Atkinson had the second-longest tenure as president (as of 2013) of any person at Montana State College, one which lasted 18 years (1919 to 1937). A firm believer in his predecessor's vision for the school, Atkinson worked hard to continue the rapid expansion of the campus. The iconic, domed Gymnasium Building (now Romney Gym) was built in 1922, replacing a dilapidated "drill hall" and giving the school's men's basketball team its first home court. The Heating Plant, Lewis Hall, and Roberts Hall followed in 1923. By the 1920s, the school was commonly referred to as Montana State College (MSC). Herrick Hall opened in 1926. The college was justifiably proud of its academic accomplishments, but its sports teams entered a golden age as well. In 1922, Atkinson hired George Ott Romney and Schubert Dyche as co-head coaches of the football and men's basketball teams. Between 1922 and 1928 (the year he departed Montana for Brigham Young University), Romney's football teams complied a 28-20-1 record. This included the 1924 season in which his team went undefeated until the final game of the year. As co-head basketball coach, Romney's teams compiled a 144-31 record and invented the fast break. After Romney left, Schubert Dyche coached the "Golden Bobcats" team of 1928–29, which had a 36-2 record and won the national championship.[6] In his seven years as basketball coach, Dyche's teams complied a 110-93 record (this included the dismal 1932-1933 and 1933-1934 seasons), but won their conference championship twice. In 1930, the college built Gatton Field, a football field on what is now the site of the Marga Hosaeus Fitness Center. In one of President Atkinson's last accomplishments, the Dormitory Quadrangle (now Atkinson Quadrangle) was built.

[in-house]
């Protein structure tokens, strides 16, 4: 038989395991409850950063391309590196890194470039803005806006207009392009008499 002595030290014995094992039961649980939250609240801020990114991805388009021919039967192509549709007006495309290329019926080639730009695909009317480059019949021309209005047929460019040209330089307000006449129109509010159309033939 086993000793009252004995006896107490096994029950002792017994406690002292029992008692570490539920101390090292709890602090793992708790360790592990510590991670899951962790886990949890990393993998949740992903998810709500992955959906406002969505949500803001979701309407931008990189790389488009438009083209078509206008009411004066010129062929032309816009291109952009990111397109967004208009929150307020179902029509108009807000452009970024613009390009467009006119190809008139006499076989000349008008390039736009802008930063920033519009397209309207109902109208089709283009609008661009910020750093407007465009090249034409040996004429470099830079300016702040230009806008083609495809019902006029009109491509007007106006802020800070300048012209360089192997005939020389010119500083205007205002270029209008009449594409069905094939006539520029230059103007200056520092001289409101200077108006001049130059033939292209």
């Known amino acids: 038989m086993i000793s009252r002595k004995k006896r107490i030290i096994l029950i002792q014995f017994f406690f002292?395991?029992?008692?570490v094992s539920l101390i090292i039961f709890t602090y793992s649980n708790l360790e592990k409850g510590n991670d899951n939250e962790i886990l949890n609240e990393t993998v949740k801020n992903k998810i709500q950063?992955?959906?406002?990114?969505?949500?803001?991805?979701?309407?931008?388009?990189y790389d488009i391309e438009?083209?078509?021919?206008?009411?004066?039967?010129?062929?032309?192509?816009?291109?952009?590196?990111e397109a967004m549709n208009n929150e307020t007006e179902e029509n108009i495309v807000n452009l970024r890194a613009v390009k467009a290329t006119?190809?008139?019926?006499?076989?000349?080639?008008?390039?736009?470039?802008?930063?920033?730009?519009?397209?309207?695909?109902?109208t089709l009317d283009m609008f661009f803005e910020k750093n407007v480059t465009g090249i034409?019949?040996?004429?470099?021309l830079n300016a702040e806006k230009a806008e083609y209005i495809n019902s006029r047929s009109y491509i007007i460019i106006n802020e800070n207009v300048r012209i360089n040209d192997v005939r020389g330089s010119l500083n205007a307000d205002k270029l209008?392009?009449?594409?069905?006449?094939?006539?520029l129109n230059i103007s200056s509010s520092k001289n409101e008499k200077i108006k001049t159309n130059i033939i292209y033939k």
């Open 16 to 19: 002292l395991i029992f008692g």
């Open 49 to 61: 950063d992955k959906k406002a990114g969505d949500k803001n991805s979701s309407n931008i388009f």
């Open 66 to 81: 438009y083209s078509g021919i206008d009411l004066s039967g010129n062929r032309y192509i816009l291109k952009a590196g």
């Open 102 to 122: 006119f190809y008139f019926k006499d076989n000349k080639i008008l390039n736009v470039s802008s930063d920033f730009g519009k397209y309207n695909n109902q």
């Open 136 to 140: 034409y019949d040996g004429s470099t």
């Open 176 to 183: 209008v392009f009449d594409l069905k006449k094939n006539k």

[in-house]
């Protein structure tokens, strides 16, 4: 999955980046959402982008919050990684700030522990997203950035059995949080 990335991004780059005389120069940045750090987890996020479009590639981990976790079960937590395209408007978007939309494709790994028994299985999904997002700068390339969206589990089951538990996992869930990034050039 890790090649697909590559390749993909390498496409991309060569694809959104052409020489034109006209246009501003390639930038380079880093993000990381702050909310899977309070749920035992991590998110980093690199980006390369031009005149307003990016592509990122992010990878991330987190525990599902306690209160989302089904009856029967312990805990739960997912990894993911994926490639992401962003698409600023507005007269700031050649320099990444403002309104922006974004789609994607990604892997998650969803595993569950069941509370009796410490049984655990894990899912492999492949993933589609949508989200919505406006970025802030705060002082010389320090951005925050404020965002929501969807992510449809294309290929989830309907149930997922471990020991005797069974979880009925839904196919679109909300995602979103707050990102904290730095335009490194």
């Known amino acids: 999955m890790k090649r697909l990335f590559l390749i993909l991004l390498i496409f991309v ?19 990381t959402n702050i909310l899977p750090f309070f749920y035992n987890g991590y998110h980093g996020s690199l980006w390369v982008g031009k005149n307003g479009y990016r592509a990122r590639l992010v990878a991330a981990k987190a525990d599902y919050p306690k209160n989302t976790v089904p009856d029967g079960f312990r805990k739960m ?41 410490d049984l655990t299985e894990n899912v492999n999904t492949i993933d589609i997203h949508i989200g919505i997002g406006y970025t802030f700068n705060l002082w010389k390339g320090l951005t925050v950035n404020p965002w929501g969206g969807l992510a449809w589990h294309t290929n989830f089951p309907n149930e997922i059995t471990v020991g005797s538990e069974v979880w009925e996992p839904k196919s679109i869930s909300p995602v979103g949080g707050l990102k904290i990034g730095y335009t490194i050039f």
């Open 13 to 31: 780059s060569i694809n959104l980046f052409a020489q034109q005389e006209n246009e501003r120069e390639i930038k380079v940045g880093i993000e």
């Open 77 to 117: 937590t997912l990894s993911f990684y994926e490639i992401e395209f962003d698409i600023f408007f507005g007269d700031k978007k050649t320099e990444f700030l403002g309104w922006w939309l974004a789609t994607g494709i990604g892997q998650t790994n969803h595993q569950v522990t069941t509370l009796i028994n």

The first three decades of the 20th century were rowdy ones on the college campus. Bozeman, Montana, had a large red-light district by 1900, alcohol was plentiful and cheap, and there was little in the way of organized entertainment such as theaters to occupy the student body. Like his two predecessors, President Atkinson sought to reduce what he believed were immoral student activities. Atkinson Quadrangle was built on the location of the "Bobcat Lair", a popular student drinking and dancing hangout, as part of this program.

The college suffered greatly during the Great Depression. The price of agricultural products (Montana's economic mainstay) soared during World War I, as European and Russian farms were devastated by military campaigns and American and European armies demanded food. For a few years after the war, these prices stayed high. But as European agriculture got back on its feet, an agricultural depression swamped the United States beginning about 1923. State tax revenues plunged, and fewer buildings were constructed on campus after 1923. The United States entered the Great Depression in 1929. President Franklin D. Roosevelt established the Public Works Administration (PWA) in 1933 to provide federal funding for public works construction as a means of economic stimulus. But President Atkinson was strongly opposed to Roosevelt's New Deal, and refused to accept PWA funds to expand the college. With the state unable to assist, Montana State College stagnated through the 1930s.

University of Arizona[edit]

Atkinson served as president of the University of Arizona (UA) from 1937 to 1947.[4] During his tenure, enrollment doubled and he greatly expanded the campus.[4]